The last of the four issues covered by Amendment No. 1A is fatal accident claims. In the case of fatal accidents, both civil partners and family members can sue for financial loss. If the accident is caused through the negligence of a third party, the civil partner can sue for bereavement damages of £10,000 but that course of action is not available to family members.
All those injustices would be remedied by my amendment, which addresses the four areas of inheritance tax, capital gains tax, housing and tenancies, and fatal accident claims. It does not cover pensions or benefit entitlements—I can see a look of relief coming over the face of the noble Baroness, Lady Hollis. The Minister will note that, unlike the previous amendments, social security and pensions legislation need not even be mentioned in our debate because they would not be affected.
I repeat that only the four areas that I have listed would be affected, and those are the ones that, rightly, I call "crisis areas". If those were addressed, it could make a huge difference to family members when facing the most traumatic and difficult time in their lives. The provision relating to those areas would not come into effect until after the death of a loved, caring and co-dependent family member.
My amendment would require the Secretary of State to certify, before the commencement order was made for the Civil Partnership Act, that a parallel scheme for family members had been introduced. There is absolutely no reason why the amendment should delay the commencement of the Bill. I am not—I repeat "not"—holding the Bill to ransom. Bearing in mind that Ministers said that it will take a year for the Civil Partnership Act to be implemented, in the interim, provided that there is a will, there seems to be no reason why a parallel scheme for family members should not be drawn up and introduced. Given the widespread support for the proposal to help close family members, the Government could bring forward a short Bill. Obviously the details would be up to them, but my amendment would ensure that that was done.
The range of family members covered in the amendment is narrower than in the amendment passed in your Lordships' House in June. It does not cover aunts, uncles, nieces, nephews, grandparents or grandchildren.
The Minister spent up to five minutes dealing with the issue of carers. My amendment does not cover carers; it does not even mention them, although the people who would benefit would all be involved in a mutually caring, supportive co-dependency. The National Carers Strategy does not apply, and nor do any of the other issues to which the Minister referred—the Carers and Disabled Children Act and the vouchers and so on. That is a red herring that should be eliminated from our discussions.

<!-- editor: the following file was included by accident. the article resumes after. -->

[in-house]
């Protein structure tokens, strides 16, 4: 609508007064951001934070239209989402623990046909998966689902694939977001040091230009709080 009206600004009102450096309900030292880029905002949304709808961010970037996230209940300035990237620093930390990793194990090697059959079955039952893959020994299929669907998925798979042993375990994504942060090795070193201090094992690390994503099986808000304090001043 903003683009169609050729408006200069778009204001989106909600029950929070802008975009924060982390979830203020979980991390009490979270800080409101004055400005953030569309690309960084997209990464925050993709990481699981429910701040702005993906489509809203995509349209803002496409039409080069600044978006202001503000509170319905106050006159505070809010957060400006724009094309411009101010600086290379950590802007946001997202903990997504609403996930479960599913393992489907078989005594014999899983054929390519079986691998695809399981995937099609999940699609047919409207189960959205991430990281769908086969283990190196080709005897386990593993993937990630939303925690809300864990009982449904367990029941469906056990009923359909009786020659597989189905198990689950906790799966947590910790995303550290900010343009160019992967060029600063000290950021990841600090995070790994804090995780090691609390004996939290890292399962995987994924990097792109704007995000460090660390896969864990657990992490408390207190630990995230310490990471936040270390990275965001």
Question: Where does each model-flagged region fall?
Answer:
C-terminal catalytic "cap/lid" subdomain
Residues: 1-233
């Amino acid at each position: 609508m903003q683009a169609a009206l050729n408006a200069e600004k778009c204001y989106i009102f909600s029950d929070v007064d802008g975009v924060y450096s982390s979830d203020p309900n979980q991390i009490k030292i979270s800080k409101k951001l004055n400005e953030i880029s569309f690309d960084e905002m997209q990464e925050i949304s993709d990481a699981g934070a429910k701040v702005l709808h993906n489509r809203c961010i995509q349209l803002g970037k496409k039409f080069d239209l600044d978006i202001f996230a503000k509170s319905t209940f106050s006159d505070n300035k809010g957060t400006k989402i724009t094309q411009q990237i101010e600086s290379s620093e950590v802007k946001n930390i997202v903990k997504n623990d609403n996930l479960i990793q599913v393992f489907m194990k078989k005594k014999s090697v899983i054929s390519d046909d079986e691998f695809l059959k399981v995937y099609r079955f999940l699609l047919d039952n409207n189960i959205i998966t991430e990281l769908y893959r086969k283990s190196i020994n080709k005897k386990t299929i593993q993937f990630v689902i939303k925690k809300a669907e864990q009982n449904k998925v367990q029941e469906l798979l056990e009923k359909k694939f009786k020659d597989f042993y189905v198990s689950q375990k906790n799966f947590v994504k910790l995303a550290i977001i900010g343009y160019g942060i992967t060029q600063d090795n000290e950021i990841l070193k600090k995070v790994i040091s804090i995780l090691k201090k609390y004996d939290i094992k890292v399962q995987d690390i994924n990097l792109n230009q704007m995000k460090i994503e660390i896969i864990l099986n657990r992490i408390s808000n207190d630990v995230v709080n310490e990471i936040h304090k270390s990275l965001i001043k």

There is nothing to prevent the Government bringing forward proposals to widen the amendment. However, in my view, the amendment before us deals with the most difficult cases of unfairness which are likely to arise as a direct result of the Bill.
The amendment does not offer an easy way through for family members. The requirement is that close family members must have lived together in a relationship of co-dependency for 12 years—not just months or even a small number of years, but 12 years. Co-dependent family relationships deserve protection and this proposal would give it, albeit limited to the four crisis areas that I have outlined. The Government would be required to devise the detailed proposals relating to only four areas, which would in no way mirror the complete catalogue of rights to be given to civil partners under the Bill.
The debates on my previous amendment led to the Government saying, in effect, that it was all too difficult. In view of the complexity of the pensions issue, I have some sympathy with that, although I remain convinced that, if the will had been there, the obstacles could have been overcome.
I am sure that the Minister, in her usual gracious manner—she knows that I have the utmost personal respect and affection for her—will concede that I have adopted a much easier approach, albeit, I admit, at the cost of continuing injustice to family members in some severe areas of hardship. The amendment gives the Government flexibility in introducing a parallel scheme. It is simple; it is caring; it removes some injustice; it does not affect the rights proposed for same-sex couples in the Civil Partnership Bill; and, above all, it makes the Bill fairer for ordinary family members. I commend it to the House and beg to move.
Moved, as an amendment to the Motion that the House do agree with the Commons in their Amendment No. 1, at end insert "and do propose Amendments Nos. 1A and 1B in lieu of the words so left out of the Bill".—(Baroness O'Cathain.)